Recent studies of gene expression patterns in other types of soft tissue tumors suggest that expression patterns may correlate better with tumor biological behavior than histology and allow targeting of specific genes for more effective chemotherapy.8,9 Different treatment regimens for soft tissue sarcomas are also being explored in clinical trials. Trials of new agents for sarcomas, including liposarcoma, are underway for patients with newly diagnosed and recurrent disease. (See Specialty Updates)


  1. Manji GA, Schwartz GK. Managing Liposarcomas: Cutting through the fat. J Oncol Pract. March 2016;13(3):221-227.
  2. De Vita A, Mercatali L, Pieri F, , et al. Current classification, treatment options, and new perspectives in the management of adipocytic sarcomas. Onco Targets Ther. Oct 11, 2016;9:6233-6246.
  3. Abbas Manji G, Singer S, Koff A, et al. Application of molecular biology to individualize therapy for patients with liposarcoma. Am Soc Clin Oncol Ed Book. 2015;213-218.
  4. Siegel RL, Miller KD, Jemal A. Cancer Statistics, 2017. CA Cancer J Clin. Jan. 2017;67(1):7-30.
  5. Crago AM, Yee AY. Multimodality Management of Soft Tissue Tumors in the Extremity.Surg Clin N Am. 2016;96:977-992.
  6. Wilke C, Wilson J, Ogilvie C, et al. Radiologic and pathologic response after neoadjuvant radiotherapy for myxoid liposarcomas of the extremities. Poster presented at: 59th Annual Meeting of the American Society Therapeutic Radiation Oncology. September 24-27, 2016; San Diego, CA.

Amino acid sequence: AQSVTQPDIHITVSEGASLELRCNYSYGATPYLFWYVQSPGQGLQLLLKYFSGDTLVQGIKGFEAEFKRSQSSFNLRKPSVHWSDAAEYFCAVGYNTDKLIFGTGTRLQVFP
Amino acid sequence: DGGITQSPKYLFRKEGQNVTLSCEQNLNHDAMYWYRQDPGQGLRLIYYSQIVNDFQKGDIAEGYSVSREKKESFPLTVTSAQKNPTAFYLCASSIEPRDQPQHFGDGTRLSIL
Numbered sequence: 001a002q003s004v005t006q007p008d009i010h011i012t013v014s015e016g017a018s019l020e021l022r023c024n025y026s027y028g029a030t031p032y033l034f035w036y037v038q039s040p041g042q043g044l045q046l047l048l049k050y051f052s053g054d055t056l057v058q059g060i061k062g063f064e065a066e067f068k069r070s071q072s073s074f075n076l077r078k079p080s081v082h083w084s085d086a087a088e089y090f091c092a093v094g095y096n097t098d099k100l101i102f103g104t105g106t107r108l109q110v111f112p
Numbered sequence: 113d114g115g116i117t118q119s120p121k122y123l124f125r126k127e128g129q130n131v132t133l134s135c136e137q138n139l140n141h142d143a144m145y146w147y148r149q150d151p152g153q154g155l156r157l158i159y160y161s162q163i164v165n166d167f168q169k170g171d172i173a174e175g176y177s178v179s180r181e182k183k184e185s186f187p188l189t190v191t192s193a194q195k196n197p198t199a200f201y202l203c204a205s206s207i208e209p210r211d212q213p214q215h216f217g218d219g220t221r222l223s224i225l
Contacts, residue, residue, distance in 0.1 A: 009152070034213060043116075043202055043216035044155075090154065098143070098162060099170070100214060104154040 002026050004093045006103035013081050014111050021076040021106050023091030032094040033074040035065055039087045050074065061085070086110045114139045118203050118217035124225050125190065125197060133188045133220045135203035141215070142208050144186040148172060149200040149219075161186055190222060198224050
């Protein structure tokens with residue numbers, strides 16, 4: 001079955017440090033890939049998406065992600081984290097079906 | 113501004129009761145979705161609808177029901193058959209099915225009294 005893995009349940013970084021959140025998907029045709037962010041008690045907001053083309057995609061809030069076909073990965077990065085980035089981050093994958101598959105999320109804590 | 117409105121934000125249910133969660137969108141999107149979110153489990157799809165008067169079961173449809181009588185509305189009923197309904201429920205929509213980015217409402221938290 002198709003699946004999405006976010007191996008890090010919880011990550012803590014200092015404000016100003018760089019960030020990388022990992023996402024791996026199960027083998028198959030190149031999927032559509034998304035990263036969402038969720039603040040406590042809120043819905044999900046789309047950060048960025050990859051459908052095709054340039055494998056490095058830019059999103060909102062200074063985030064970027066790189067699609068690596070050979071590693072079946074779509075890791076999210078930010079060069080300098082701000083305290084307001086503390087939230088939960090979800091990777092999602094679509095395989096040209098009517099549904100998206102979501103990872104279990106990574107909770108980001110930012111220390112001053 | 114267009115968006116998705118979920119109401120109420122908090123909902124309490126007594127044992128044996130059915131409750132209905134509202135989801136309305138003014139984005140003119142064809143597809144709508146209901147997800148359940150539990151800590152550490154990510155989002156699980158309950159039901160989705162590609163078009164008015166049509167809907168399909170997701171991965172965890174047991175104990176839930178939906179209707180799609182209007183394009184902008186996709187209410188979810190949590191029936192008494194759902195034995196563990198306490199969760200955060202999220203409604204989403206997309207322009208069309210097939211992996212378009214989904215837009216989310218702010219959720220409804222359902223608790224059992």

7. Cheng, E.Y., Manivel, J.C., Froelich, J.W., Weigel, B., Ho, Y.Y., and Skubitz, K.M. FDG-PET-CT response after neoadjuvant chemotherapy continues to predict progression free survival at mid-term in prospective trial for soft tissue sarcomas. Paper presented at: CTOS 20th Annual Meeting; 2014; Berlin.
  8. Skubitz KM, Skubitz APN, Xu WW, et al. Gene expression identifies heterogeneity of metastatic behavior among high-grade non-translocation associated soft tissue sarcomas. J Transl Medd. 2014;12:176-185.
  9. Skubitz KM, Geschwind K, Xu WW, Koopmeiners JS, Skubitz AP. Gene expression identifies heterogeneity of metastatic behavior among gastrointestinal stromal tumors. J Transl Med. 2016;14:51. doi: 10.1186/s12967- 016-0802-3.

When to refer

University of Minnesota Health Cancer Care radiation, oncology, and surgical teams offer comprehensive diagnosis and treatment of patients who have soft tissue tumors, including liposarcoma, osteosarcoma, and fibrosarcoma. Treatment regimens are tailored to the individual patient and include radiation therapy, surgery, and chemotherapy. We offer patients access to clinical trials continue efforts to determine the effectiveness of chemotherapeutic agents and regimens for patients with advanced or recurrent sarcomas.

Our teams work hard to keep physicians informed of patients’ care. Our staffs provide detailed reports, from diagnosis to treatment and follow-up.

To schedule a consultation or referral: 855-486-7226

Collaborative Care

Many of our patients do not live within the Twin Cities metropolitan area. To minimize travel difficulties and lost time from school or work for our patients, we are committed to partnering with the patient’s referring provider and other local providers. Some patients can be initially discussed over the phone in collaboration with the referring provider. We aim to expedite the process so that, in one trip to the Twin Cities, patients can be assessed and also complete surgery, if required. In many cases, care after discharge can also be provided locally.

Physician Outreach Program

To schedule a physician meeting or to visit our facility, contact Melinda Tuma, System Manager, Outreach Services. Phone: 612-273-9947; email: